She would like to move back in with my sister, in which case we would have to hire full time caretakers while my sister is at work. Mom can mostly be okay by herself, she hasn't shown any tendency to wander. But she does get confused and worried when she is by herself, which seems to increase her dementia, so it is best that somebody be with her most of the time. My sister and husband might consider it, but they haven't discussed it thoroughly. My mom really isn't demanding. But she still might not be happy.


I know from reading this forum a lot, that moving back in with my sister might be a very bad idea. I really want to protect my sister and make sure that if that is an option that is being considered that she have lots of support and help. If it were up to me I would probably say that Mom should stay in AL, and if not this one, then maybe another one.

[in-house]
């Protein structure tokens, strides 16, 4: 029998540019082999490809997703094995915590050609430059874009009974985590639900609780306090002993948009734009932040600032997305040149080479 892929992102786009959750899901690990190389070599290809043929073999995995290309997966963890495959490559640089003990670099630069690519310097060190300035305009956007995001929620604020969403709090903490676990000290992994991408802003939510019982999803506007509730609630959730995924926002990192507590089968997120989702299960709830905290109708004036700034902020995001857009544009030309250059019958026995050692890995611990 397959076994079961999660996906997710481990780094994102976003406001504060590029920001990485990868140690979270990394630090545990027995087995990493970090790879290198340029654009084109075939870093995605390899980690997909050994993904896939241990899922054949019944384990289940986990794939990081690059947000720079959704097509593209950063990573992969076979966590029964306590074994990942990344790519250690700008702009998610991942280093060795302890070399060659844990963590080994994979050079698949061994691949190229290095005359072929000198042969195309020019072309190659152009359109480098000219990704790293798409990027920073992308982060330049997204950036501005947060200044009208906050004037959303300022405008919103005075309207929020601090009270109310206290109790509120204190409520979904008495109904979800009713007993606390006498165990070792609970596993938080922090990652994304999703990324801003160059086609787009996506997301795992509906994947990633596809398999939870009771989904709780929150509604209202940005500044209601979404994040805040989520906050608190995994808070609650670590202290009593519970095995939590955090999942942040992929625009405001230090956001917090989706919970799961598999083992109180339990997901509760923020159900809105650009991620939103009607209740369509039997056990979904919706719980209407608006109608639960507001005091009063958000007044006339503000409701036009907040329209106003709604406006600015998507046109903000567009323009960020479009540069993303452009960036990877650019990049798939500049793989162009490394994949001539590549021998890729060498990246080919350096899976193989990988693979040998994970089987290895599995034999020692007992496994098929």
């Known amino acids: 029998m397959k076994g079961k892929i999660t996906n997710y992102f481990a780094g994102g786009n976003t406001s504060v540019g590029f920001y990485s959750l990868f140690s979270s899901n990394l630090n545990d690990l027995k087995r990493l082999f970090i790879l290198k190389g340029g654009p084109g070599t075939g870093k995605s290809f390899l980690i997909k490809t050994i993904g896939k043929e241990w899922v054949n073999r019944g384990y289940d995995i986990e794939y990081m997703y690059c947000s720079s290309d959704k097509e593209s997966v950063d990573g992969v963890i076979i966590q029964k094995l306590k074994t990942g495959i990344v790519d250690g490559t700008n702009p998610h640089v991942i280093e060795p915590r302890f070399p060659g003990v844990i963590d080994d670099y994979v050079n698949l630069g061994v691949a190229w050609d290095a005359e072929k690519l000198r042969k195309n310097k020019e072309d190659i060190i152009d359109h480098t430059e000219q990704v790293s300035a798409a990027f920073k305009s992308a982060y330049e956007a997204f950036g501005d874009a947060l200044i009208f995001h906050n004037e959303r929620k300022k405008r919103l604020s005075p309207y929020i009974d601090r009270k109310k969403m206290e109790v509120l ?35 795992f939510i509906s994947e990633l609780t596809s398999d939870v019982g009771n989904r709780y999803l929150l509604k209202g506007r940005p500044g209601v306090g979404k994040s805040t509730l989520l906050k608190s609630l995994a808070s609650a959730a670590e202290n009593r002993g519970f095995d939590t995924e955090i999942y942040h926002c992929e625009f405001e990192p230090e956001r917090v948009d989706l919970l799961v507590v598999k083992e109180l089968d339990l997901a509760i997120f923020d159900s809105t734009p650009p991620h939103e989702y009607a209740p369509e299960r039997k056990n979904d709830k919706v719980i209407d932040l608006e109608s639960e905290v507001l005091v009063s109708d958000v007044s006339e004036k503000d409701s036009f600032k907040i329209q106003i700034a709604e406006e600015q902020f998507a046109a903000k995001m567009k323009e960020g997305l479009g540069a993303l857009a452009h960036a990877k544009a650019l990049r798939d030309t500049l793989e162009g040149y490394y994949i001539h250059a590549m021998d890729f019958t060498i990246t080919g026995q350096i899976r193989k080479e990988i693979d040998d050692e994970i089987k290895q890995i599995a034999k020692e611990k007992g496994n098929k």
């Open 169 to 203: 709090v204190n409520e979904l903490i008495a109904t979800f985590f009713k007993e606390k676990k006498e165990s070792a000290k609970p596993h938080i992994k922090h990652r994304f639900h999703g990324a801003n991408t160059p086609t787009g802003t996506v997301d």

But mainly I am needing to learn how to live with my mother being unhappy. I like to solve problems, and I think this may be a problem that may not be solvable. She wants life like it was 5 years ago. Even 2 years ago. And that isn't going to happen.

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With regards to medications, I bought my father a programmable pill dispenser, expensive but well worth it. No need to worry about over dosing and you can program it for multiple times in a day. Luckily for my dad it’s once a day and I only need to refill it once every 3 weeks.
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SadHelpless1, if she is trying to run away, it probably time for her to go to Memory Care. The AL Staff can look at it a lot more professionally and dispassionately than you can. Her unhappiness does not trump her being safe. From what you have described, she is not happy now. ((HUGS))